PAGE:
Gujarat, Madhya Pradesh and Haryana were the fastest-growing states between fiscals 2013 and 2017, while Punjab, Uttar Pradesh and Kerala were the slowest, according to rating agency CRISIL.
In a report titled ‘States of growth’, CRISIL said equitable economic development requires not missing the woods for the trees. In the context, India’s aggregated GDP and other vital statistics do not fully reveal how the states have been faring.
States of growth therefore gauges performance using a matrix of 3 key macroeconomic parameters – growth, inflation and fiscal health. For want of data, the analysis is restricted to the pre-demonetisation period.
Interestingly, inflation in the three fastest-growing states was below the national average of 6.8%, which means there was no growth-inflation trade-off for them.
These states have also acquitted themselves well in the labour-intensive sectors such as construction, manufacturing, and trade, hotels, transport & communication services. Gujarat and Haryana feature among the top 3 growing states in terms of gross value added (GVA) of labour-intensive sectors as well as overall GDP between fiscals 2013 and 2016.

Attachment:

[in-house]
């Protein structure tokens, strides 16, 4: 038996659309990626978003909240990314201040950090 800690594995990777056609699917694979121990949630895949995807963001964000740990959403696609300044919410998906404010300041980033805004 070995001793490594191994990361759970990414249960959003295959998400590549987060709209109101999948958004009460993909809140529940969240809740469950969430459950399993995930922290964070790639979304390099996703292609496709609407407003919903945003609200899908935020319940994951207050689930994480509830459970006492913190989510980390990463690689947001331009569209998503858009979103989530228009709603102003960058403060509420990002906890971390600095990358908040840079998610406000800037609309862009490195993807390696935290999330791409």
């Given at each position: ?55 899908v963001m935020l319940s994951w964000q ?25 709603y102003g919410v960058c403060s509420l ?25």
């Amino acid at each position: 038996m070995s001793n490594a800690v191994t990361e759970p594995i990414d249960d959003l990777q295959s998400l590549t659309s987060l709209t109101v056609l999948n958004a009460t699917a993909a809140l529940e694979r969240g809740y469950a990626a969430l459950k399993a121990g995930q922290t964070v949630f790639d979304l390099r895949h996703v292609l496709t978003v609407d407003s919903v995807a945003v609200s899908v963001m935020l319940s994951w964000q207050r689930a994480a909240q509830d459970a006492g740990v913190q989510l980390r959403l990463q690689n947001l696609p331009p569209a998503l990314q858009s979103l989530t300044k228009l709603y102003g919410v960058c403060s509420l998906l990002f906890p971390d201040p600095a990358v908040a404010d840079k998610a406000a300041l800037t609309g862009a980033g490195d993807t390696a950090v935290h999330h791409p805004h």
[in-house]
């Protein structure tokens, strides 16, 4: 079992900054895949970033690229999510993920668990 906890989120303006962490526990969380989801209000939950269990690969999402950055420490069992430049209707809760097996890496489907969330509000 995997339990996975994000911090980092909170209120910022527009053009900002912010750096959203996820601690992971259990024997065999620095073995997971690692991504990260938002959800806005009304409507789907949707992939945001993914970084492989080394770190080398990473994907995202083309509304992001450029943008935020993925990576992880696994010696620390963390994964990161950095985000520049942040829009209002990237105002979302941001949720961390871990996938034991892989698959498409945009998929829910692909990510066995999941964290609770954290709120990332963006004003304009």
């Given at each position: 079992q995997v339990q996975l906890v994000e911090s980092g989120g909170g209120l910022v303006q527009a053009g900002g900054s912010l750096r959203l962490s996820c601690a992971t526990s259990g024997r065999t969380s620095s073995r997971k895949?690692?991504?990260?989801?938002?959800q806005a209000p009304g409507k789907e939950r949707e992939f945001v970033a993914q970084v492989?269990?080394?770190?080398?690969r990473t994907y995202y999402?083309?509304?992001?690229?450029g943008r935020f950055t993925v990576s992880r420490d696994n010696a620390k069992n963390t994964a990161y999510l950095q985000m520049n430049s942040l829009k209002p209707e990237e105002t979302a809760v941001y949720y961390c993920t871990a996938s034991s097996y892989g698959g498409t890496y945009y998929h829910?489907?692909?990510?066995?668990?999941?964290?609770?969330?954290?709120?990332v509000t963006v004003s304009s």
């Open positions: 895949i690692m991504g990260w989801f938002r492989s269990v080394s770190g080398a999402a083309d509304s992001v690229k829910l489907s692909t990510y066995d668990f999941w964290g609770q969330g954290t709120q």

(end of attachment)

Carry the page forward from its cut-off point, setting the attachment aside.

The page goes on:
Among relatively poor states, Chhattisgarh, Jharkhand, and Orissa were the top performers in labour-intensive sectors, recording growth higher than the all-India average during this period. These states, therefore, are likely to have been more successful than others in job creation.
Rajasthan, Telangana and Tamil Nadu saw the lowest growth in employment-intensive sectors.
States which had the lowest GDP growth in this period – Kerala, Punjab, Uttar Pradesh – unsurprisingly, also saw below-average growth in GVA of their labour-intensive sectors.
Gujarat was the top performer in construction and manufacturing sector growth, while Chhattisgarh and Haryana have been among the top performers in manufacturing and trade, transportation and communication services. In Gujarat specifically, the share of manufacturing has jumped from 28.4%to 34.4% of GVA – which is close to the levels seen in China.
CRISIL’s study also shows inflation fell in most states between fiscals 2013 and 2017. And in 11 major states, it fell faster than the all-India average.
As for fiscal health, Uttar Pradesh, Punjab and Rajasthan were the most indebted, while Chhattisgarh, Karnataka and Maharashtra were the least.
Further, by juxtaposing the fiscal position of the states with their respective GSDP growth rates, we observe that states which have successfully managed high growth levels while keeping their fiscal deficits below 3% include Chhattisgarh, Gujarat, Karnataka, Maharashtra and Telangana.
On the contrary, states which have lower growth rates despite their fiscal deficits overshooting the 3% target are Kerala, Punjab, Rajasthan, Tamil Nadu and Uttar Pradesh.